Photo: Brooke Justiniano – (left to right) Kathylynn St. Pierre (Mona), Kasey Meininger (Sissy), and Erin Dilly (Joanne)

Come Back to the 5 and Dime, Jimmy Dean, Jimmy Dean was first performed in Columbus forty years ago, eventually making its way to Broadway and then to film in 1982. Set in a 5 & Dime store in McCarthy, Texas, the play shifts time periods from 1975 to 1955 to tell the story of a group of friends from high school reuniting to catch up on their lives and commemorate the life of their teen heart throb, James Dean. There is Mona (Kathylynn St. Pierre), who stayed behind and raised her son Jimmy Dean, whom she says was the result of a one-night stand with James Dean while he was on location in nearby Marfa filming Giant; Sissy (Kasey Meininger), the buxom wild girl who left town but returned five years earlier after a divorce; Stella May (Adriana Pust), the pushy, loud and proud Texan; Edna Louise (Sara Priest), eternally naive and pregnant; and then there is Joe (Patrick Petrilla), who has returned as Joanne (Erin Daily), shocking the group with his transition but also prepared to reveal the truths so many of them have hidden. 


Photo: Brooke Justiniano – Kathylynn St. Pierre (Mona)
Standouts in the cast are Kathylynn St. Pierre as a willowy Mona, both fragile and stubborn at the same time, trying so desperately to hold up a useless facade; Erin Daily is often inscrutable as Joanne, making her revelations about the women all the more surprising and powerful; Kasey Meininger plays Sissy quite a bit like Cher did in the film while still bringing a vitality all her own; Adriana Pust is a strong and domineering Stella May; and Patrick Petrilla is a sensitive and forelorn Joe, a tricky part as it requires him to come off as closeted while also genuinely infatuated with the young Mona.


Photo: Brooke Justiniano – (left to right) Erin Daily (Joanne) and Kathylynn St. Pierre (Mona)
Director Mark Blessing expertly navigates telling parallel stories and switching time periods using the same location and most of the same actors (the exceptions being Carly Young playing Mona and Caitlin Brosnahan playing Sissy as teenagers). This switch proved to be confusing in Robert Altman’s film version, but the subtle shifts in lighting as well as costume Mr. Blessing employs here do the trick perfectly. The director and his wife, Deborah, are also responsible for the meticulous set decor of the Five & Dime, with the set designed with a real eye for the time period and requirements of the story by Drew Washburn. There is even a vintage menu with movable letters and prices for the food items for sale at the counter; it truly looks like a shop open for business!


Photo: Brooke Justiniano – (left to right) Caitlin Brosnahan (Sissy as a teen), Carly Young (Mona as a teen), and Patrick Petrilla (Joe)
Come Back to the 5 and Dime, Jimmy Dean, Jimmy Dean was certainly ahead of its time by bringing up the subject of being transgendered forty years ago, though I wouldn’t call this a gay show by any means. In fact, the story comes off like Joe transitioned because he found it more acceptable to become a woman rather than being gay, not because he was fulfilling a dream of being his “authentic self” like is the accepted narrative of today; this stereotype that gay people actually want to be the opposite sex has surely been debunked by now. Still, I get the impression that Joe reappeared as Joanne in the play as a device to show how people can make a complete 180, and how our memory of people may be frozen in time and bear no relation to the reality of the moment. Joanne holds a mirror up to Mona, Sissy, and Juanita (Kate Charlesworth-Miller, the proprietor of the 5 & Dime shop) to reveal truths about their past that they would prefer remain hidden, all the while coming from someone who is familiar to them as Joe while still being a stranger as Joanne. The discussion of being transgendered or transitioning is fairly superficial in this piece, but the fact that it was a plot point at all was certainly revolutionary for the time even if in retrospect it represents a rather archaic view of the topic.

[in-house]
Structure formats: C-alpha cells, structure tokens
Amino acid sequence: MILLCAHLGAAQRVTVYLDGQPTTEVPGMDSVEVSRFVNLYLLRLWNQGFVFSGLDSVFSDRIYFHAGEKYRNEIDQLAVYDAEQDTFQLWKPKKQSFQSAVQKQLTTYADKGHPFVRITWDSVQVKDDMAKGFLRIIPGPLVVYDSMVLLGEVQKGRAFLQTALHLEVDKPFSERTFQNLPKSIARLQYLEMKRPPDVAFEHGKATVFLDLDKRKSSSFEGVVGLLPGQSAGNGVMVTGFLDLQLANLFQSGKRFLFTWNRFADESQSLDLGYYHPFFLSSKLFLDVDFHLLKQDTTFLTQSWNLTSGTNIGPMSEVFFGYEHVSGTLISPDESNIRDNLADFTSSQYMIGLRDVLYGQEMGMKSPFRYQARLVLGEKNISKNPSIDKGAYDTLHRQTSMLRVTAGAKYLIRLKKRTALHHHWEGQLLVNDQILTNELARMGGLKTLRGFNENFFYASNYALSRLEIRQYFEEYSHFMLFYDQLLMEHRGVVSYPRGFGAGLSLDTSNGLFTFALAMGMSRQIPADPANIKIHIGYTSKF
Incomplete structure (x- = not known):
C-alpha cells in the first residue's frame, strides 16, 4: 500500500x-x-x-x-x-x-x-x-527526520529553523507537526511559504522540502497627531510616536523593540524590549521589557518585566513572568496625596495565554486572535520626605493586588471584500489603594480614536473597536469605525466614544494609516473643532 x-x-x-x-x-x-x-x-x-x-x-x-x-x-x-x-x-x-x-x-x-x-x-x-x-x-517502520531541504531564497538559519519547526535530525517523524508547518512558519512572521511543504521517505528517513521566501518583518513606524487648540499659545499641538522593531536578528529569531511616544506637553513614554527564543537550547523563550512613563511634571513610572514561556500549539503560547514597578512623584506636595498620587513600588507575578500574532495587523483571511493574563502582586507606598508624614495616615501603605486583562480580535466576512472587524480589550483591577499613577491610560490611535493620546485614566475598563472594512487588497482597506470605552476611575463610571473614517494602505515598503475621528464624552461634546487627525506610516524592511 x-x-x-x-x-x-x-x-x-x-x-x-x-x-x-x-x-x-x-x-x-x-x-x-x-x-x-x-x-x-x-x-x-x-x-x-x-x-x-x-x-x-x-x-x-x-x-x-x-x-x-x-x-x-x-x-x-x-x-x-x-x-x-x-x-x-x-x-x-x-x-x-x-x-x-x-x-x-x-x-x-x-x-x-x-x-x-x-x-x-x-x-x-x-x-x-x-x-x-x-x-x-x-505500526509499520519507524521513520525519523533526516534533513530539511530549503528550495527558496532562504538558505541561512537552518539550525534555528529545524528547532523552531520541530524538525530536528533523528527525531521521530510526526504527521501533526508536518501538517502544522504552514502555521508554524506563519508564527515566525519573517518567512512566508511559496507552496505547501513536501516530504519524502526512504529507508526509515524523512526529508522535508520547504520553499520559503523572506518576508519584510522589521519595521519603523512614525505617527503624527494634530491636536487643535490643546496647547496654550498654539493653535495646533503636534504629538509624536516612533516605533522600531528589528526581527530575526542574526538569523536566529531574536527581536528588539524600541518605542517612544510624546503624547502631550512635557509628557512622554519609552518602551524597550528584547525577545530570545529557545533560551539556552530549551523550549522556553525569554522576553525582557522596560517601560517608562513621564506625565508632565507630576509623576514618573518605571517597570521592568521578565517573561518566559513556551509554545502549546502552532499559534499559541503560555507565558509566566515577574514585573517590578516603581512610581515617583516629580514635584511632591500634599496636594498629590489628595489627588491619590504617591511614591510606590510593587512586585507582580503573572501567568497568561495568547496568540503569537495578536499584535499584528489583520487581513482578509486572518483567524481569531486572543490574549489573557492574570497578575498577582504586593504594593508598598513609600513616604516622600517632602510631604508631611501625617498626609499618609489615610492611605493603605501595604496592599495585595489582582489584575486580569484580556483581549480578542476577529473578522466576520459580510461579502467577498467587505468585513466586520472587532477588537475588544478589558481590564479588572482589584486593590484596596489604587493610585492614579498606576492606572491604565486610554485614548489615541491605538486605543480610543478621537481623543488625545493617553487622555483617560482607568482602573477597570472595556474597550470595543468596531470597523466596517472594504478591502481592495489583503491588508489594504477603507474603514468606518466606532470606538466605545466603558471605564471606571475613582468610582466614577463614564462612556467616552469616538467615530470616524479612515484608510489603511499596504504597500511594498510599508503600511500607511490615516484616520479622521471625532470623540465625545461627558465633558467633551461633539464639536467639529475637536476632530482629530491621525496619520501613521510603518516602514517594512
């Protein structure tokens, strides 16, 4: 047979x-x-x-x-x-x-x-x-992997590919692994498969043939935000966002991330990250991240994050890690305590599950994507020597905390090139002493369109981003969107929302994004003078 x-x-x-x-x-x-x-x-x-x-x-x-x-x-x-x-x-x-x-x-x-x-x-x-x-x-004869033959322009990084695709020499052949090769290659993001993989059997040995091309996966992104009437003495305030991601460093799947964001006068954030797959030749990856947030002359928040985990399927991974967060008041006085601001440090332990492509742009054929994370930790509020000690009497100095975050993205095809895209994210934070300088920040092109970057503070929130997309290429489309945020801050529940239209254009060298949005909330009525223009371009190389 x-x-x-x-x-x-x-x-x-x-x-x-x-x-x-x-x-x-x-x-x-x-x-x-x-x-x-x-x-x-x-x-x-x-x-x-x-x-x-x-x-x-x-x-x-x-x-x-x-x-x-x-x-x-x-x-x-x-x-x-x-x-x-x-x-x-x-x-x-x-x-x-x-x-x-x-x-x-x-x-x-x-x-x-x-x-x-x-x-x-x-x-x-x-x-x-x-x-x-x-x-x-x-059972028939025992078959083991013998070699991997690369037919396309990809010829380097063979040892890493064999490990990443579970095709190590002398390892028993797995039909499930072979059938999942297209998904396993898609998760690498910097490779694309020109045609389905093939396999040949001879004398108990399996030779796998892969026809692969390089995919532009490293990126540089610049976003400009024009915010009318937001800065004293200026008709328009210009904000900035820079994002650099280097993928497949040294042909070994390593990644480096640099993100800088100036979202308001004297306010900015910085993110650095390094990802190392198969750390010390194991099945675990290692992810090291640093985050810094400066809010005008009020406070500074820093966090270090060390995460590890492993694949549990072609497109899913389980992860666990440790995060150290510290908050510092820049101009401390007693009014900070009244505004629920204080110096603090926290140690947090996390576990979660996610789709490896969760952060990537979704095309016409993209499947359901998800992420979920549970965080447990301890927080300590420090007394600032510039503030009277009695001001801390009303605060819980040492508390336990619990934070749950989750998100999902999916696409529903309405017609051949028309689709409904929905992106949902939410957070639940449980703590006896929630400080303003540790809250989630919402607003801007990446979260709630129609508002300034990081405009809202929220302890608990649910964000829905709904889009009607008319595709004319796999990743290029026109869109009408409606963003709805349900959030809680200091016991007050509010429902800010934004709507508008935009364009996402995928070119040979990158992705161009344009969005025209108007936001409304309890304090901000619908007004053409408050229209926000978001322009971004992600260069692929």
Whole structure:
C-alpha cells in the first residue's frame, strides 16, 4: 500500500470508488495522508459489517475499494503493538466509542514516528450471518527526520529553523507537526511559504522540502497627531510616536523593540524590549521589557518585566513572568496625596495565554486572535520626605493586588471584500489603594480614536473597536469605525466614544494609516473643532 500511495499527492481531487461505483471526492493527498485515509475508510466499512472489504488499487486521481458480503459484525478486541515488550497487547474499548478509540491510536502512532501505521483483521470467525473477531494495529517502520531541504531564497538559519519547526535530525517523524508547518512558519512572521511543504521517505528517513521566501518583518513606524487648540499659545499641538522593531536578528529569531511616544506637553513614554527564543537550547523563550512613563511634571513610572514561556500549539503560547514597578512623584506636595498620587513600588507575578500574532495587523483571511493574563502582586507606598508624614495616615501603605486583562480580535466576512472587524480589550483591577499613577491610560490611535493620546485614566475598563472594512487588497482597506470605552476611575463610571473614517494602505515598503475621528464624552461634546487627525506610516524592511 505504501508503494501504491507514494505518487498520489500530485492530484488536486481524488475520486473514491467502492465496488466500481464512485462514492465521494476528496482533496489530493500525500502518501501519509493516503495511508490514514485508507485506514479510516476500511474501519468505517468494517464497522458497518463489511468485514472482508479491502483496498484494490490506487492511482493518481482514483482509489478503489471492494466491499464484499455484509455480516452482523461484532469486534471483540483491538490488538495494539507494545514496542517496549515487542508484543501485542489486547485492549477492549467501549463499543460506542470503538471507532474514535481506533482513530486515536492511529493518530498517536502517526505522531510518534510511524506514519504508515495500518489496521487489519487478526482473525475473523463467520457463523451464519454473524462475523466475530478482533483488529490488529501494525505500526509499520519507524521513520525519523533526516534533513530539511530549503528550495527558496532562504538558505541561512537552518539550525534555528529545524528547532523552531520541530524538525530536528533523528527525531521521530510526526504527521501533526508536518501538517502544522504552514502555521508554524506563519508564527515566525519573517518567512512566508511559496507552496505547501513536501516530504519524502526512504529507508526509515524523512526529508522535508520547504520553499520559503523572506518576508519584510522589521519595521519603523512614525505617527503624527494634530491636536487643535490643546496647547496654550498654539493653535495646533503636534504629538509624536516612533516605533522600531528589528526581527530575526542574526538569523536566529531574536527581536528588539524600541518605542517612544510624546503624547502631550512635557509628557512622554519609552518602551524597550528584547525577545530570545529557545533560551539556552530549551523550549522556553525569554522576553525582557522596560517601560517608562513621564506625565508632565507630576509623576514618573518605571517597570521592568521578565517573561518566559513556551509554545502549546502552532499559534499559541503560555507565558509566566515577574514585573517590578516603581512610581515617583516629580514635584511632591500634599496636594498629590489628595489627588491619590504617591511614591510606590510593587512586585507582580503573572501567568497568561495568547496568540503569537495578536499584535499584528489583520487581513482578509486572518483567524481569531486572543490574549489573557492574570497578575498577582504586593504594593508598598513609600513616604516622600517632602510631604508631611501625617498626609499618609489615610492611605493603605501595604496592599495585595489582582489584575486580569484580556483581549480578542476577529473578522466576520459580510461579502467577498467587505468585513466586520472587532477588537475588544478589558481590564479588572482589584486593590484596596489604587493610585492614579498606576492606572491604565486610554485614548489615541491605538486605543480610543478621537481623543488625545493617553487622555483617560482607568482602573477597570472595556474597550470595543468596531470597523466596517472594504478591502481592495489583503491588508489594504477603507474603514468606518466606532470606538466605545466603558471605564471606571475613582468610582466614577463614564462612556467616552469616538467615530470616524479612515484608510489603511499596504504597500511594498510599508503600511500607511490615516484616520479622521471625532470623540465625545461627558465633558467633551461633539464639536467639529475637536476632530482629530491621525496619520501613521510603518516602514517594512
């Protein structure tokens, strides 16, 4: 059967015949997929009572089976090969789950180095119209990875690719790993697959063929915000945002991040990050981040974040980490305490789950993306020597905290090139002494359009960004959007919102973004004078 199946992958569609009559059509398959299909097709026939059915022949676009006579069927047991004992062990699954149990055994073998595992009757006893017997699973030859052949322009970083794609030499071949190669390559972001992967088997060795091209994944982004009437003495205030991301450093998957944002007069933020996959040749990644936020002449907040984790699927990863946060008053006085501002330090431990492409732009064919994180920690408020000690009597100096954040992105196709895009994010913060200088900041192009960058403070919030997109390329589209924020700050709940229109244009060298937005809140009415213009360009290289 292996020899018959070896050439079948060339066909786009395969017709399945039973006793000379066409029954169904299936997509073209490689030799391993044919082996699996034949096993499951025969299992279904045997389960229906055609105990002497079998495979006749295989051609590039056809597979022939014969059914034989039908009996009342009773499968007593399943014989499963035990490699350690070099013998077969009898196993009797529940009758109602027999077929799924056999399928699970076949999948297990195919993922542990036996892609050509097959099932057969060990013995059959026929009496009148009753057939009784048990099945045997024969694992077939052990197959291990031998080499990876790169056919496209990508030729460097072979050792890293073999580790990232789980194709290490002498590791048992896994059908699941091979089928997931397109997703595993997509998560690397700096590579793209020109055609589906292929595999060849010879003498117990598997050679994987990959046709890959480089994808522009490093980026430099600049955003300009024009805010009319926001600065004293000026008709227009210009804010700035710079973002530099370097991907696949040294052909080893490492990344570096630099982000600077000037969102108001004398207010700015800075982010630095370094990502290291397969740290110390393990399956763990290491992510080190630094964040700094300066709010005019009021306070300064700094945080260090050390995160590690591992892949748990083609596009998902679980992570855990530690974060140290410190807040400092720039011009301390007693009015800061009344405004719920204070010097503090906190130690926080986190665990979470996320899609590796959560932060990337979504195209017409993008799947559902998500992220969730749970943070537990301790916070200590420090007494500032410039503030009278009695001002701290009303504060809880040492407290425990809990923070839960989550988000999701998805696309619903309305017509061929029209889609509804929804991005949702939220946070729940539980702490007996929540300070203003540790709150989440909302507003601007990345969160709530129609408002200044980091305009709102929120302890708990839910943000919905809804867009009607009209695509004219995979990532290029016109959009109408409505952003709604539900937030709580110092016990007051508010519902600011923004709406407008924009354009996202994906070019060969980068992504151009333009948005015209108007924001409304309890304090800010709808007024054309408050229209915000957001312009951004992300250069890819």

Photo: Brooke Justiniano – (left to right) Erin Daily (Joanne), Kathylynn St. Pierre (Mona), Kasey Meininger (Sissy), and Adriana Pust (Stella May)
Curtain Players’ Come Back to the 5 & Dime, Jimmy Dean, Jimmy Dean is nostalgic in the best way, a play about memories, the past, and the challenges of friendship. Sometimes it takes a very dear friend to tell you the truth about yourself in a way that you can understand and accept, and this message of the play is quite clear in this handsome production. This is one of those plays that works all on its own but can also instigate a lively discussion afterwards.

*** out of ****

Come Back to the 5 & Dime, Jimmy Dean, Jimmy Dean continues through to February 21st in the Curtain Players Theatre located at 5691 Harlem Road in Galena (a little over half an hour outside Columbus), and more information can be found at http://www.curtainplayers.org/season/2015-2016/4_five_and_dime.php

Die, Mommie, Die! (Short North Stage – Columbus, OH)

“It should all be bigger than life,” Bette Davis once said about acting and Hollywood; the “bigger than life” description certainly applies to Short North Stage’s production of Charles Busch’s Die, Mommie, Die!, a rollicking homage to the thrillers of the sixties starring female stars of yesteryear. Like most of Busch’s works, this one also features a strong leading woman played by a man in drag; as he did in The Divine Sister in 2014 and Psycho Beach Party in 2015 (both at Short North Stage), Doug Joseph dons drag once again to hilarious effect as Angela Arden, the devilish woman at the heart of this show.


Photo: Jerri Shafer – Doug Joseph (Angela)